Emergency Plumbing Hacks Every Homeowner Should Know

Plumbing emergencies don’t just interrupt your day-to-day activities; they can also cause permanent damage. That’s why it’s important to know how to handle them until a plumber arrives.

In this episode of This Old House, Kevin O’Connor meets Richard Trethewey to learn about some simple tips and tricks for controlling a plumbing emergency until you can call in a plumber.

1. Turn Off the Water

Often, utilities such as water, electricity, and gas can cause a lot of problems in a home. A gas leak, a burst pipe, or an outlet that isn’t working can all create hazardous situations and require immediate action.

Knowing where your main water shut off valve is and how to turn it off can make all the difference in a plumbing emergency. This knowledge can save you thousands in repairs and prevent your home from flooding.

You should also know where all the individual shut off valves are located in your home. These are usually found on the supply lines to each fixture.

These shut off valves typically have a small, round handle that you can rotate clockwise to stop the flow of water. They are located on the supply lines for most appliances, toilets, and faucets.


2. Turn Off the Main Water Valve

Knowing where your main water valve is and how to shut it off in an emergency situation can help you save money on plumbing repairs and property damage. This is particularly true if you have an active pipe leak or burst pipes that may be causing major damage to your home.

In most houses, the main water valve is located in the basement or crawl space near the front of the house, depending on your climate and location. It is often hidden behind a removable panel.

Once you have found your main valve, turn it off by turning the handle clockwise until it is completely closed. Never try to force it open or close as this could cause irreparable damage.

There are two types of shutoff valves for a main water line: gate valves and ball valves. A gate valve, which looks like a circular spigot, is more common in older homes. It is often made of brass and closes by lowering a wedge-shaped gate into a slot. A ball valve, on the other hand, uses a pivoting stainless steel ball to close.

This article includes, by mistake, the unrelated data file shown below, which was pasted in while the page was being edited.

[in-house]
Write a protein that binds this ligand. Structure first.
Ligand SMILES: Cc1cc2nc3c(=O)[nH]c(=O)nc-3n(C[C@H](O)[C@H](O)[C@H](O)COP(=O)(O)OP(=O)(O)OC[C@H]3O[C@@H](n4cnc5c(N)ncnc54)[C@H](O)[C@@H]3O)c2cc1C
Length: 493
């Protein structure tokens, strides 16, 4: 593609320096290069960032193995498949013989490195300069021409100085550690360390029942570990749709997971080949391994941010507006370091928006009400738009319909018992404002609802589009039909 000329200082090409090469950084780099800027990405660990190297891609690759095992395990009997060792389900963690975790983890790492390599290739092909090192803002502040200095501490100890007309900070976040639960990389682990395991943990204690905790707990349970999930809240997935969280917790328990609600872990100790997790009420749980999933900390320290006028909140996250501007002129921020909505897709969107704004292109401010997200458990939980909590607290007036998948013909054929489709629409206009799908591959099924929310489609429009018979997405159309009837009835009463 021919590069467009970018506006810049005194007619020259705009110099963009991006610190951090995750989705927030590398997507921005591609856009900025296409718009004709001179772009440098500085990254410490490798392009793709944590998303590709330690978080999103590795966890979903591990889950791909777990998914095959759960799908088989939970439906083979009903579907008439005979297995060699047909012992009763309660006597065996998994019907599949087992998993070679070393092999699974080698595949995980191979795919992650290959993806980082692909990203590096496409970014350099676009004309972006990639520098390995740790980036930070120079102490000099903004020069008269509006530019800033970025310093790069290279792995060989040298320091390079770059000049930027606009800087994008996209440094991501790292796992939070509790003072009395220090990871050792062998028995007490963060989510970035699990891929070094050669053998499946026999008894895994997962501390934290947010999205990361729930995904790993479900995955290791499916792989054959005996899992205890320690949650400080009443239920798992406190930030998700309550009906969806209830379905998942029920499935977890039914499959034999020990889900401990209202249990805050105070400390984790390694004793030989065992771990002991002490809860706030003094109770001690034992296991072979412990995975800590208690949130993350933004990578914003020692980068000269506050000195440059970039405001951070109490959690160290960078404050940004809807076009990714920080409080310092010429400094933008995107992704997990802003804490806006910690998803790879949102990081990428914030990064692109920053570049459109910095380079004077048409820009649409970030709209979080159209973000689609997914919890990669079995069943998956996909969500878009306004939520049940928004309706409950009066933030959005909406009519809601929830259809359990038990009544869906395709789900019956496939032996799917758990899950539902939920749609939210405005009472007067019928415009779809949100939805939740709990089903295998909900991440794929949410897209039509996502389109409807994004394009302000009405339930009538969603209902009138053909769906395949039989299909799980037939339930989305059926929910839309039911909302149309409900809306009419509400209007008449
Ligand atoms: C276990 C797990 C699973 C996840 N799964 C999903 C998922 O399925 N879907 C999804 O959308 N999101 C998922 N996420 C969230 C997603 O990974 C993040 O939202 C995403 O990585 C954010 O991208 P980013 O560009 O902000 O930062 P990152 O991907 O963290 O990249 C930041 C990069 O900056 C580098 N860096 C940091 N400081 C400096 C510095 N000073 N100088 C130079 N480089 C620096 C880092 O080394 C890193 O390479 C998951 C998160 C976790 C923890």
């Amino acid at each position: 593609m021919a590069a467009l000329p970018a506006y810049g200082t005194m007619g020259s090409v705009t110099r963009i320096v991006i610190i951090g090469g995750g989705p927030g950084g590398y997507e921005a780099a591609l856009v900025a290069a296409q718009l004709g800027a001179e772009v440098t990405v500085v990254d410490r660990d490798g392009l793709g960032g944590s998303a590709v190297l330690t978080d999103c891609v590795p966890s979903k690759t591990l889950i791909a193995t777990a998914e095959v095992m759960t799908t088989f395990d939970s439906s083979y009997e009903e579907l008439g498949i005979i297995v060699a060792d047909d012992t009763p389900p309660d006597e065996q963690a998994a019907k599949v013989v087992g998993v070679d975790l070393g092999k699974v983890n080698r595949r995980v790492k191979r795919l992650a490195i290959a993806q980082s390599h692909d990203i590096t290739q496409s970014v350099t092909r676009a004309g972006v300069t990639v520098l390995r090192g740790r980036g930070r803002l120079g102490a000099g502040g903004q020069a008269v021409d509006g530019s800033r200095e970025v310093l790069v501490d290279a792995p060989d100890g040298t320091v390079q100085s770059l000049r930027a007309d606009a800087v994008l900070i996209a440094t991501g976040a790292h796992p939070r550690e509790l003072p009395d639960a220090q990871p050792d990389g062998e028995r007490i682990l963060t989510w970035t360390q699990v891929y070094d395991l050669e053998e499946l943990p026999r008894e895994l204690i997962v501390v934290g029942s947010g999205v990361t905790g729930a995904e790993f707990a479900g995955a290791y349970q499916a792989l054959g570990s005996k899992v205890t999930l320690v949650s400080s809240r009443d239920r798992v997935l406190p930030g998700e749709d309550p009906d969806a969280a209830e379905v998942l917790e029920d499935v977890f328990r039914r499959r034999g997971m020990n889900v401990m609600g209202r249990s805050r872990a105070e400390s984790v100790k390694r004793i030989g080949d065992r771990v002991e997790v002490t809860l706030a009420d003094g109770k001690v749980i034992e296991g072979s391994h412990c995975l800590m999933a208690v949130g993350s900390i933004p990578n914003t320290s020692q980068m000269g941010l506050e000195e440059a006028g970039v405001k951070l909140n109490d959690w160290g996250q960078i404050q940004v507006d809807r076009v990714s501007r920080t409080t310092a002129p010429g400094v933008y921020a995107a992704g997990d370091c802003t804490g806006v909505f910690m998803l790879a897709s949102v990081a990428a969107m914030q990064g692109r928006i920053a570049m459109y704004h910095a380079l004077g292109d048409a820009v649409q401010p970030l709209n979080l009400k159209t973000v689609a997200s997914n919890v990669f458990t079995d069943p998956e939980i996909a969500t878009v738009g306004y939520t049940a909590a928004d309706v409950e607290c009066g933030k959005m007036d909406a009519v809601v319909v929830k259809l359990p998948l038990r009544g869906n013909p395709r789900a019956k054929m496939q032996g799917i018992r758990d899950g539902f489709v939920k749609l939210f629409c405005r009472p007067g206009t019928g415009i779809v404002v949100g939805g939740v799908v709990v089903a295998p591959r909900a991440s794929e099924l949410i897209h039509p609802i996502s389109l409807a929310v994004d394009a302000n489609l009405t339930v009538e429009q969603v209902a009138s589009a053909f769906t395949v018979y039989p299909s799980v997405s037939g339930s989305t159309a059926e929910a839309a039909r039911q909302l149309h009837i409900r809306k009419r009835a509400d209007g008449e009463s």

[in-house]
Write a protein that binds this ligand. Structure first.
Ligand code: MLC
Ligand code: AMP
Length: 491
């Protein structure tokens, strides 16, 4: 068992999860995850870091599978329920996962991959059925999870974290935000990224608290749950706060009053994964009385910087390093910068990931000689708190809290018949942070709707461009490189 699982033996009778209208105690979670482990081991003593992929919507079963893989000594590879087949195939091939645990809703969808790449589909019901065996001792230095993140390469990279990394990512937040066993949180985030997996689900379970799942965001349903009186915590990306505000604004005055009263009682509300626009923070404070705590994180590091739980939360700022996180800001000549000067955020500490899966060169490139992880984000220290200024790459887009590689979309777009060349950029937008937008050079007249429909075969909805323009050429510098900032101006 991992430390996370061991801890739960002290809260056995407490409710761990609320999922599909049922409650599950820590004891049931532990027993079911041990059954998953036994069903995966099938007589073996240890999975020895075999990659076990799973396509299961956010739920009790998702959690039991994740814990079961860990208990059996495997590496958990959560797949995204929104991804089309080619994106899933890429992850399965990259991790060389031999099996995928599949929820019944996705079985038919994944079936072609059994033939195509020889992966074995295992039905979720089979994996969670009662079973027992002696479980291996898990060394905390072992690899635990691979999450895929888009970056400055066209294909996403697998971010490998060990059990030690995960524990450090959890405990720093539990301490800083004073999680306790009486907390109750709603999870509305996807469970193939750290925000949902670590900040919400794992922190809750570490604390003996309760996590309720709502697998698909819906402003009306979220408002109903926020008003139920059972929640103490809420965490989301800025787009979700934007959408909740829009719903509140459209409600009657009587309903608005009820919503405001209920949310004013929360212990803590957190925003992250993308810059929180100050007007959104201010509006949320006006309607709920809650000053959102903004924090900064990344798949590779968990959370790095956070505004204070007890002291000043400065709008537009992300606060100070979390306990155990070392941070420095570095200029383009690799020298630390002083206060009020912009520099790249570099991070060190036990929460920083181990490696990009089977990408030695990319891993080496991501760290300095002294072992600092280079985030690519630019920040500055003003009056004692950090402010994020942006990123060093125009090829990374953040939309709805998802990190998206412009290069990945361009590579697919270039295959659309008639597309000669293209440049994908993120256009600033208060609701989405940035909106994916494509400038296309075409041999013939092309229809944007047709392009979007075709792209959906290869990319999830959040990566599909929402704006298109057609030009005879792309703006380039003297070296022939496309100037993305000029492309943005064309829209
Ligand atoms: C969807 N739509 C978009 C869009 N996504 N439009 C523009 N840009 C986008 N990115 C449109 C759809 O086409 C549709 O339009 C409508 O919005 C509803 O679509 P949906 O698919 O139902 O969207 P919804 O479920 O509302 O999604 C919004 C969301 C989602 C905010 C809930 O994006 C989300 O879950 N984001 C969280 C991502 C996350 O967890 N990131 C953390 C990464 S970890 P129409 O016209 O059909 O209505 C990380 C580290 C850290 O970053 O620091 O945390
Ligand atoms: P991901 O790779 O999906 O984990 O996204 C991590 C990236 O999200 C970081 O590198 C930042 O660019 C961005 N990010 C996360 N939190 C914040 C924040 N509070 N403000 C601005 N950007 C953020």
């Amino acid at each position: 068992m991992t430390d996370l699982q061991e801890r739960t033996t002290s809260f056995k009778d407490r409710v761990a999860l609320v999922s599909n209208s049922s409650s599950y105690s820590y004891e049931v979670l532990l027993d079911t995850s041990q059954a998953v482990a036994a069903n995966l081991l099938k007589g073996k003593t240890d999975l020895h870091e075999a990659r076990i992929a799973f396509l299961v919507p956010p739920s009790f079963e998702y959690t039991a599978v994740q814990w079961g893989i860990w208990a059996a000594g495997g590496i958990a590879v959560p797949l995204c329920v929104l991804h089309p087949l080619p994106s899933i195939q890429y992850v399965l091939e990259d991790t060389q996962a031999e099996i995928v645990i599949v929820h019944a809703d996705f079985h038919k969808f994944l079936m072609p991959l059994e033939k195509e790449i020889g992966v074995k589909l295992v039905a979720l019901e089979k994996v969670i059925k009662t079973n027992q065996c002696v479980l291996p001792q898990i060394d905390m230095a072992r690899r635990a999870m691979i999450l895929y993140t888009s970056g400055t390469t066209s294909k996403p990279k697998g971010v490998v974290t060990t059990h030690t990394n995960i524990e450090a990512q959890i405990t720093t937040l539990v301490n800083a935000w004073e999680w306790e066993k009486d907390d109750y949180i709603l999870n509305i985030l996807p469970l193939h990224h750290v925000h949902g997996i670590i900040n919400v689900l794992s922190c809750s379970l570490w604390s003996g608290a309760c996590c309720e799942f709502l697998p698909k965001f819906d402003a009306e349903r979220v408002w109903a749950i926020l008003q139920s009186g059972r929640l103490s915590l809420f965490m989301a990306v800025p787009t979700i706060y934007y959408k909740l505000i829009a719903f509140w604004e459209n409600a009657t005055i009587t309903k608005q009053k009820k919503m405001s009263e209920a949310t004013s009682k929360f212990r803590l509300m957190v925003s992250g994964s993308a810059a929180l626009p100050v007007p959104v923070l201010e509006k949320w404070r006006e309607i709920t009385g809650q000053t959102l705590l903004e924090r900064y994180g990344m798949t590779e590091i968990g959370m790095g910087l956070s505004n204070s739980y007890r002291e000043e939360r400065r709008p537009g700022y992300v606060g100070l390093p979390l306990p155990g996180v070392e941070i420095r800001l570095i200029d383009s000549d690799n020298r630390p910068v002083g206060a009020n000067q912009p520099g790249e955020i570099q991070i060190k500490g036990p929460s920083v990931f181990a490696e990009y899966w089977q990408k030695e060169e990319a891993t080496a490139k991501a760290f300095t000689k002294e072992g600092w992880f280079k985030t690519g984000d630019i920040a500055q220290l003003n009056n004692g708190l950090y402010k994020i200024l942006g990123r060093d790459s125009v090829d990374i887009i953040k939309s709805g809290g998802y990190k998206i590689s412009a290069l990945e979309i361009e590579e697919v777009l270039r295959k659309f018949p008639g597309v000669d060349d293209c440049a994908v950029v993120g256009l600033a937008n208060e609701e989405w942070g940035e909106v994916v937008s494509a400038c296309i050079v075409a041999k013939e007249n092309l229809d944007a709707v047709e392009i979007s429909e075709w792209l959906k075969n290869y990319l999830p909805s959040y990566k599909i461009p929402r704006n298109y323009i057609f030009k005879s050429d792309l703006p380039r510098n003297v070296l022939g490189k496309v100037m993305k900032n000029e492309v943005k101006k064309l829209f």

3. Identify the Source of the Leak

If you have a leak, it is important to know where it is coming from. A professional plumber will be able to identify the source of the leak and help you create a plan for fixing it.

A plumbing leak can be a terrifying experience. They can cause severe damage to your home and can be very expensive to repair.

Fortunately, there are several signs to look for when you are suspicious that you may have a leak. Some of these signs include a spike in your water bill, strange smells and noises, or discoloration on your walls.

The best way to determine whether you have a leak is to check the meter. After shutting off all the water in your house, make sure to check the meter again in an hour to see if the leak indicator has changed.

4. Remove Any Leftover Water

If you’re lucky enough to have a modern plumbing system, chances are you have a plethora of fancy fixtures. To keep the good stuff in good working order, you need to keep an eye out for the telltale signs of trouble. In the event of a leaky faucet or toilet, a quick sweep of your kitchen and bath can go a long way toward catching a red light before it becomes a flood. Thankfully, there are several dos and don’ts to help you avoid a trip to the ER. The best bet is to always have a backup plan, in case the worst happens. You never know when the unexpected will rear its head. This is especially true if your household includes young children who are unsurprisingly curious about all things manly and womanly.


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